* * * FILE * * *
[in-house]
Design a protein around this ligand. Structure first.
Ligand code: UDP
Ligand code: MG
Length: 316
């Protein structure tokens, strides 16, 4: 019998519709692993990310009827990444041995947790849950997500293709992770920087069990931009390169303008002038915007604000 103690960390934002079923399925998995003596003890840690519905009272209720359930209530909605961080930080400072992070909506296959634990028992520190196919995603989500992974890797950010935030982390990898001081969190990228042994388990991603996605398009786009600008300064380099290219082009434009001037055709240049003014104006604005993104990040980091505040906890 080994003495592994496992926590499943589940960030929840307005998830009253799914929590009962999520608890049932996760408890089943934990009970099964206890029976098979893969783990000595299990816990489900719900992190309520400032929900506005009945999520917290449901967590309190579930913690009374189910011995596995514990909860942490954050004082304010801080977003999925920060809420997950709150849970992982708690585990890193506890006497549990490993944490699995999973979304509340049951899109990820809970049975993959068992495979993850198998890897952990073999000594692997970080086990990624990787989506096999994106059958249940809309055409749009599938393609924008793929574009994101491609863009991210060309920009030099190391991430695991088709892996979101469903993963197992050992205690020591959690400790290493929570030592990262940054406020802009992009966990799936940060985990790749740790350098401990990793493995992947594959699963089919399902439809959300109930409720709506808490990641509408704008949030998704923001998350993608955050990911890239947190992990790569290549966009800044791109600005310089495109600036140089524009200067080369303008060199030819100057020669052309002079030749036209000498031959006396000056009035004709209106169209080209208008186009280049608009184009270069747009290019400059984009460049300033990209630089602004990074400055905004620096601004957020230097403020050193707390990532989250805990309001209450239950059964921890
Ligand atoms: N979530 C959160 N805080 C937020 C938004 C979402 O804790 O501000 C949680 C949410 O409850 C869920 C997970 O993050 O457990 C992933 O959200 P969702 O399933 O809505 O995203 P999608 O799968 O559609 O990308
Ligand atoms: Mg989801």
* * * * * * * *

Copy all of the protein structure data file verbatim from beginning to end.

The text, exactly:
[in-house]
Design a protein around this ligand. Structure first.
Ligand code: UDP
Ligand code: MG
Length: 316
């Protein structure tokens, strides 16, 4: 019998519709692993990310009827990444041995947790849950997500293709992770920087069990931009390169303008002038915007604000 103690960390934002079923399925998995003596003890840690519905009272209720359930209530909605961080930080400072992070909506296959634990028992520190196919995603989500992974890797950010935030982390990898001081969190990228042994388990991603996605398009786009600008300064380099290219082009434009001037055709240049003014104006604005993104990040980091505040906890 080994003495592994496992926590499943589940960030929840307005998830009253799914929590009962999520608890049932996760408890089943934990009970099964206890029976098979893969783990000595299990816990489900719900992190309520400032929900506005009945999520917290449901967590309190579930913690009374189910011995596995514990909860942490954050004082304010801080977003999925920060809420997950709150849970992982708690585990890193506890006497549990490993944490699995999973979304509340049951899109990820809970049975993959068992495979993850198998890897952990073999000594692997970080086990990624990787989506096999994106059958249940809309055409749009599938393609924008793929574009994101491609863009991210060309920009030099190391991430695991088709892996979101469903993963197992050992205690020591959690400790290493929570030592990262940054406020802009992009966990799936940060985990790749740790350098401990990793493995992947594959699963089919399902439809959300109930409720709506808490990641509408704008949030998704923001998350993608955050990911890239947190992990790569290549966009800044791109600005310089495109600036140089524009200067080369303008060199030819100057020669052309002079030749036209000498031959006396000056009035004709209106169209080209208008186009280049608009184009270069747009290019400059984009460049300033990209630089602004990074400055905004620096601004957020230097403020050193707390990532989250805990309001209450239950059964921890
Ligand atoms: N979530 C959160 N805080 C937020 C938004 C979402 O804790 O501000 C949680 C949410 O409850 C869920 C997970 O993050 O457990 C992933 O959200 P969702 O399933 O809505 O995203 P999608 O799968 O559609 O990308
Ligand atoms: Mg989801």